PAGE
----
The information provided in this section reflects the results of the most recent peer-reviewed assessment for goosefish in the northern and southern management areas (NEFSC 2005).

NORTHERN MANAGEMENT REGION

The Fishery

In the northern management area, bottom trawls are the dominant gear type and account for 80% of the landings. Gillnets account for most of the rest of the landings, with scallop dredges accounting for less than 1% in recent years. Most landings of goosefish in the north are taken as bycatch in the multispecies groundfish fishery. Northern goosefish landings increased from less than 1,000 mt per year in the early 1970s to over 10,000 mt in the mid-1990s (Figure 14.2 [Fig 14.2 Data]). Landings peaked at 15,100 mt in 2003 and were 10,200 mt in 2005 (Table 14.1).

Fishery-Independent Surveys

NEFSC autumn bottom trawl survey biomass indices of goosefish in the northern area peaked in the late 1970s and then declined through the mid-1990s (Figure 14.3 [Fig 14.3 Data]), accompanied by decline in the average and maximum sizes of goosefish in the survey (Figure 14.4 [Fig 14.4 Data]). In 2005, the biomass index was 1.1 kg/tow, a record-low. The age structure since the early 1990s has been dominated by goosefish less than 6 years old (Figure 14.5 [Fig 14.5 Data]).

Biological Reference Points

The median of the three-year moving average of the NEFSC autumn survey biomass index during 1965-1981 has been defined as a proxy for BMSY (2.496) for goosefish in the northern area (Table 14.2). Goosefish in the northern management area are defined as being overfished when the three-year moving average of the NEFSC autumn biomass index falls below one half of BMSY (i.e. below 1.25) (NEFMC and MAFMC 1998). The most recent 3-year average of the biomass index (2003-2005) was 1.21.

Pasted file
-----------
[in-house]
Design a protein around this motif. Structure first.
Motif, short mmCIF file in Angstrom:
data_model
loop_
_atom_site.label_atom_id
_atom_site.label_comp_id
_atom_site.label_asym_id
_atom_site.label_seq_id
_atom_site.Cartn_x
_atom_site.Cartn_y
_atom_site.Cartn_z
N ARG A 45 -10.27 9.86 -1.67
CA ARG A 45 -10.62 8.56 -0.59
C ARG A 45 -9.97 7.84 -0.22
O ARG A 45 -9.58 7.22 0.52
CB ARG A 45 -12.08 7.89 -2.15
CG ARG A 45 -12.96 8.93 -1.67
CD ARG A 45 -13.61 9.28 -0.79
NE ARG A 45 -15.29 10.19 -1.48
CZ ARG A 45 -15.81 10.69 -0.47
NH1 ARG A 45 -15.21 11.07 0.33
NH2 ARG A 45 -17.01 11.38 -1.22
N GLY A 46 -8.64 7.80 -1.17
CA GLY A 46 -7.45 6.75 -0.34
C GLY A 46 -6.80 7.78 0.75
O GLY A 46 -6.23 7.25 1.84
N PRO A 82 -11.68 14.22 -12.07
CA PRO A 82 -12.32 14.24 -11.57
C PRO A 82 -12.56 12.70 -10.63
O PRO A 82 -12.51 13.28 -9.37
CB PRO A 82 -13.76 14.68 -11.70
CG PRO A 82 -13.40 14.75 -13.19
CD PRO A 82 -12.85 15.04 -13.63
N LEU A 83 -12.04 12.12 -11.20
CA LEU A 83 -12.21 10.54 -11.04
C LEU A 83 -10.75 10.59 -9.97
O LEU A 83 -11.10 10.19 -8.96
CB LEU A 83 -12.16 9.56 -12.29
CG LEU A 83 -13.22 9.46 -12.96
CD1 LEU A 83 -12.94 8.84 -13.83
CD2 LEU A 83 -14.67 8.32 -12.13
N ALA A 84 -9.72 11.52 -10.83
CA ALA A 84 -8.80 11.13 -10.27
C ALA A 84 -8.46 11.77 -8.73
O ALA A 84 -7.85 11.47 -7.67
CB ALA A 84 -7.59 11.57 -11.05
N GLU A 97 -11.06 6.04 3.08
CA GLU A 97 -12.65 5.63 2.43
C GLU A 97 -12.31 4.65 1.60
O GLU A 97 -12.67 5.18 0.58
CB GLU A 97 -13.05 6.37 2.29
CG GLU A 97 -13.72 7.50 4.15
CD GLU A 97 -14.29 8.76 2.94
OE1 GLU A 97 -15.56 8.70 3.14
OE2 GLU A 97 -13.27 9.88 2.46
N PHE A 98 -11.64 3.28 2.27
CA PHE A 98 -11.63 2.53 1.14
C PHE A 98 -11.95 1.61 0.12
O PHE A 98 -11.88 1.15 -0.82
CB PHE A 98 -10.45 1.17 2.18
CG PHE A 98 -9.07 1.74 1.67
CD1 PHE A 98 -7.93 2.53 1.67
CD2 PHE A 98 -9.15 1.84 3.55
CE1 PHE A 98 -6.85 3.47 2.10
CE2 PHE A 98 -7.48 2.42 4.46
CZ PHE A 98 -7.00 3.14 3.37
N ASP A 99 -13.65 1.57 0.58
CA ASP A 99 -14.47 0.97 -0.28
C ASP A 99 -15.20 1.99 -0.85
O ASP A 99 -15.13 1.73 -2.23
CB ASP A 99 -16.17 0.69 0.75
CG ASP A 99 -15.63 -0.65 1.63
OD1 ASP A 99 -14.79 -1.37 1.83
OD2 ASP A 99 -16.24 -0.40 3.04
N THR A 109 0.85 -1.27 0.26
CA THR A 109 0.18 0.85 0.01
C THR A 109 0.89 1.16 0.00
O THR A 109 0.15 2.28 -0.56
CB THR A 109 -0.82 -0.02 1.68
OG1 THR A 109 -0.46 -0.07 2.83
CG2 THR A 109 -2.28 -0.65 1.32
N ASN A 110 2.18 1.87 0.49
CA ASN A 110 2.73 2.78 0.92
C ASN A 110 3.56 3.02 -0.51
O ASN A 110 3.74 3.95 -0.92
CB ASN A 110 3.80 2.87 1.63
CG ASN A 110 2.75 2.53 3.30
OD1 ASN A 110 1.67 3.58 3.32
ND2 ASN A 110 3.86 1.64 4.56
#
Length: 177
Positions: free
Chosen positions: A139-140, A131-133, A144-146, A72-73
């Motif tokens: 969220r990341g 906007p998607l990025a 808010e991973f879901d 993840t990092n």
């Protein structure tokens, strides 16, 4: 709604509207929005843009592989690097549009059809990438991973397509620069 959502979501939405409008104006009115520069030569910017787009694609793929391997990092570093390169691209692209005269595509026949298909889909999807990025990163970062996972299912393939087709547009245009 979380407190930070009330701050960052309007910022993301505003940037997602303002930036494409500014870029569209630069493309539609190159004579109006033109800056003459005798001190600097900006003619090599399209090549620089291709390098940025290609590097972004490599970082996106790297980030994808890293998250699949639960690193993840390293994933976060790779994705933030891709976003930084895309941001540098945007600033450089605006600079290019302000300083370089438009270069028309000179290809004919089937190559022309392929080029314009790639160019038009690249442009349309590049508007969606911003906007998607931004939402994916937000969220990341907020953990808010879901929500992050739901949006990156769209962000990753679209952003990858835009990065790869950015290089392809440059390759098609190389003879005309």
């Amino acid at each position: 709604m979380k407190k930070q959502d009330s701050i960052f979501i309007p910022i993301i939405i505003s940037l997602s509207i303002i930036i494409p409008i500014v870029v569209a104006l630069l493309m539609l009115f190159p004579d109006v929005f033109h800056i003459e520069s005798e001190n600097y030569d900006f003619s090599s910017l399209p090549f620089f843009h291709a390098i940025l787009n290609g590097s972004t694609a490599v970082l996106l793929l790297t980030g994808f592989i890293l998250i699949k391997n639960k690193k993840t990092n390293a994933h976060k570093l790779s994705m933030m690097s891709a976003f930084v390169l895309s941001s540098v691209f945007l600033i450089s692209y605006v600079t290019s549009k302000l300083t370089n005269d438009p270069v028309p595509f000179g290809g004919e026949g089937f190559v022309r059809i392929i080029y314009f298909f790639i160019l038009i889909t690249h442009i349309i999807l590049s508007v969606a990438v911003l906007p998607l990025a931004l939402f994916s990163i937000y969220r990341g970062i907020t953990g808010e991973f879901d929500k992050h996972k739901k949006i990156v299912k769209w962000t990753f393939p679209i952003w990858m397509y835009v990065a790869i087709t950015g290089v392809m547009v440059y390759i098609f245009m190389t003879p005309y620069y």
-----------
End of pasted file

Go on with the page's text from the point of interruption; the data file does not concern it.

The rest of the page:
Fmax is the FMSY proxy in the FMP and is currently estimated as F=0.2 based on yield-per-recruit analyses (Figure 14.6 [Fig 14.6 Data]) (NEFMC and MAFMC 2003). Recent estimates of F have exceeded Fmax.

Old lineart drawing


Figure 14.2.  Total U.S. commercial landings (metric tons, live) of monkfish from the northern and southern fishery management regions. Figure 14.2

Figure 14.3.  Trends in commercial landings (metric tons, live) and NEFSC autumn survey biomass indices (kg/tow) for monkfish in the northern fishery management region.  The dashed line represents the BMSY proxy (2.496) based on historical survey trends.
Figure 14.3

Figure 14.4.  Minimum, mean, and, maximum lengths for the northern management region from NEFSC autumn surveys.
Figure 14.4

Figure 14.5.  Age structure of monkfish in the northern management region, 1993-2003.
Figure 14.5

Figure 14.6.  Trends in commercial landings (metric tons, live) and NEFSC autumn survey biomass indices (kg/tow) for monkfish in the southern fishery management region.  The dashed line represents the BMSY proxy (1.848) based on historical survey trends.
Figure 14.6

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SOUTHERN MANAGEMENT REGION

The Fishery

In the southern management area, bottom trawls and scallop dredges each accounted for roughly half of the landings until the early 1990s. Since then, most of the landings have been by gillnets; in 2003, about 66% of goosefish landings were taken in gillnets, 18% in trawls and 16% by scallop dredges (NEFSC 2005). Southern goosefish landings increased in the late 1970s, exceeded landings from the north during the 1990s, and reached a peak of 19,300 mt in 1998 (Figure 14.2 [Fig 14.2 Data]). Subsequently, southern goosefish landings have declined and were 8,600 mt in 2005 (Table 14.1).

Fishery-Independent Surveys

NEFSC autumn bottom trawl survey biomass indices of goosefish in the southern area declined during the early 1980s, stabilized at a low level between 1987 and 1999, and have since been somewhat higher (Figure 14.7 [Fig 14.7 Data]). Declines in abundance were also accompanied by declines in the average and maximum sizes of goosefish in the NEFSC autumn survey (Figure 14.8 [Fig 14.8 Data]). During 2000-2004, the autumn survey biomass index averaged 0.8 kg/tow, which is also the value of the 2005 index (Figure 14.7 [Fig 14.7 Data]). The age structure since the early 1990s has been dominated by goosefish less than 6 years old (Figure 14.9 [Fig 14.9 Data]).